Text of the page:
After Harvard hosts controversial “One-State Solution” conference, Israelis try to change students’ perceptions on home country.
Israeli students at Harvard University have long felt that many aspects of their country get overlooked in the campus dialogue. This week, they hope that will change.
Last month, Harvard students hosted the controversial ‘One-State Solution’ conference. But long before that meeting took place, a group of Israeli Harvard students has been hard at work planning a two-day inaugural Israel Conference at Harvard to shine a light on the reality of Israel.
On April 19 and 20, a group of non-partisan Israeli Harvard students will gather to feature a confab of top leaders in Israeli discourse and innovation to promote another face of Israel.The conference will feature panels that focus on innovations in technology, medicine, humanitarian aid, culture and peace. Featured speakers in the conference include Bank of Israel Governor Stanley Fischer and Dennis Ross, who worked under multiple US presidents to advance the peace process.
Israeli and Palestinian pundits will examine the status of economic development initiatives in Israel and the Palestinian territories. In addition to these experts, Harvard professors and Israeli academics will give their input on the topic.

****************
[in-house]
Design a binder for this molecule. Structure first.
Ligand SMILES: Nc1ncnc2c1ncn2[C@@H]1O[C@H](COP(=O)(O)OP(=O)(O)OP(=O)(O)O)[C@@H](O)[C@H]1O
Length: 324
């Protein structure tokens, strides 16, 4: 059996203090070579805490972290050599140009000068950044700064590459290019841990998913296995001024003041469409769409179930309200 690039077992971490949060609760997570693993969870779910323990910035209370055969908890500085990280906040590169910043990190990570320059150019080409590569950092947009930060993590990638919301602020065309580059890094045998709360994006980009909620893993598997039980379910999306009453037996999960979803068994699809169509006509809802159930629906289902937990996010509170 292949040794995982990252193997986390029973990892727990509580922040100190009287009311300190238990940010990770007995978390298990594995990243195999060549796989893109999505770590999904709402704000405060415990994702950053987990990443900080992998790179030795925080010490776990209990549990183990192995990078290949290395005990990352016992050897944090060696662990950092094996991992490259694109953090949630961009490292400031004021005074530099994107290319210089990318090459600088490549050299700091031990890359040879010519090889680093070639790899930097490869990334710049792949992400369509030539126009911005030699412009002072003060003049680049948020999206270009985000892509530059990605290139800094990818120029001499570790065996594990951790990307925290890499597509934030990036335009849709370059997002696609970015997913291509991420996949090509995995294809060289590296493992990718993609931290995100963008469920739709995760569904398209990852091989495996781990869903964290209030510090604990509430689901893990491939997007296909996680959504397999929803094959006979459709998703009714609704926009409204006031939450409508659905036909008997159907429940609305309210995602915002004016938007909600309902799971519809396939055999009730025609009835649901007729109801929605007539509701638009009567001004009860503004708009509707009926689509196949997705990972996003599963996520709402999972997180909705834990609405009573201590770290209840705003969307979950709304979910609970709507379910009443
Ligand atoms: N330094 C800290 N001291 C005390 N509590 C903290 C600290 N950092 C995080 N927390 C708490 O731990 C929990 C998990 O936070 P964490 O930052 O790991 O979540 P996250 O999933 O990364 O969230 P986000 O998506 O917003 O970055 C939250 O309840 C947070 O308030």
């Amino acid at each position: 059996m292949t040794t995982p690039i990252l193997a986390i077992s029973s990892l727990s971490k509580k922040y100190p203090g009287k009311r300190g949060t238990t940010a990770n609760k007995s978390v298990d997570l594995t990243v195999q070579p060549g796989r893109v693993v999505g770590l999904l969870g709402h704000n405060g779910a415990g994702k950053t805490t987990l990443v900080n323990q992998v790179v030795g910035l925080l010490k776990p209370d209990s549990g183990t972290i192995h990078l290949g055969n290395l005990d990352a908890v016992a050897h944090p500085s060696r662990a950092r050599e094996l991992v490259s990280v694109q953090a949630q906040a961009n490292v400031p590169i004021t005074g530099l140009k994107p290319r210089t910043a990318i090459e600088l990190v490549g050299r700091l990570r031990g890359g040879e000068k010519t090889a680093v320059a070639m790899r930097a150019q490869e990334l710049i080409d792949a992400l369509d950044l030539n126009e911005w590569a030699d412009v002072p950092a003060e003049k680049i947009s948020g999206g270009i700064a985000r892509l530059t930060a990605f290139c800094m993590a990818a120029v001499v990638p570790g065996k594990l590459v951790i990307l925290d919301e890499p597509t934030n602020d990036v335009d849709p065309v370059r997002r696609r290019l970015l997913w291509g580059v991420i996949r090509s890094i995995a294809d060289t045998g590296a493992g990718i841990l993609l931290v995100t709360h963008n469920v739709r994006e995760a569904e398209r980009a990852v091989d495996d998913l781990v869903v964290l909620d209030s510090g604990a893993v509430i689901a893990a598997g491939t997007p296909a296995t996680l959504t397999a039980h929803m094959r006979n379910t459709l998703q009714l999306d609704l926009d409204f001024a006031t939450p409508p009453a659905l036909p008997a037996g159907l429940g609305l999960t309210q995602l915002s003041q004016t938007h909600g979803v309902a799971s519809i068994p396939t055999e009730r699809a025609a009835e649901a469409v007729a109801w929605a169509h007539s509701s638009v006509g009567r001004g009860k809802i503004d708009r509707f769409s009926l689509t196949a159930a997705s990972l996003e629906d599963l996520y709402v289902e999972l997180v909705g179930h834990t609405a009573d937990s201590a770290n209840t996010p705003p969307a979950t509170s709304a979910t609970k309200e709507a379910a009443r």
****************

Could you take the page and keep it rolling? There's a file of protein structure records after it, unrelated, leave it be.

Aside from the entrepreneurial focus, the conference will feature the results of the Avi Schaefer Peace Innovation Challenge, in which Harvard students developed ideas aimed at bridging the gap between Israeli and Palestinian societies. The author of the winning idea will be awarded a prize of $1,000. The idea of the initiative is to propel the conversation further instead of remaining in the deadlock in which most campuses find themselves.
The winner will be announced on Friday.
Earlier this month, fliers promoting the conference were vandalized with stickers saying “apartheid” and “white phosphorous.” In response, several conference organizers issued a call for civil discourse in The Harvard Crimson.
“In so many ways, our world views are probably more similar to the views of those who decided to deface the posters than they are different,” they wrote. “The Israeli-Palestinian conflict is one part of Israel’s complex and multifaceted identity.”
The organizers expressed hope that the conference will bring people together and raise awareness of the many aspects of Israel’s reality that often are overlooked in the campus dialogue. The hope, expressed in the Crimson article, is “to infuse new meaning into a campus discussion that has become polarized and one-dimensional.”
By TAMAR SHMARYAHU, ISRAEL CAMPUS BEAT REPORTER
Visit http://www.israelcampusbeat.org/subscribe for the latest Israel trends and events on campus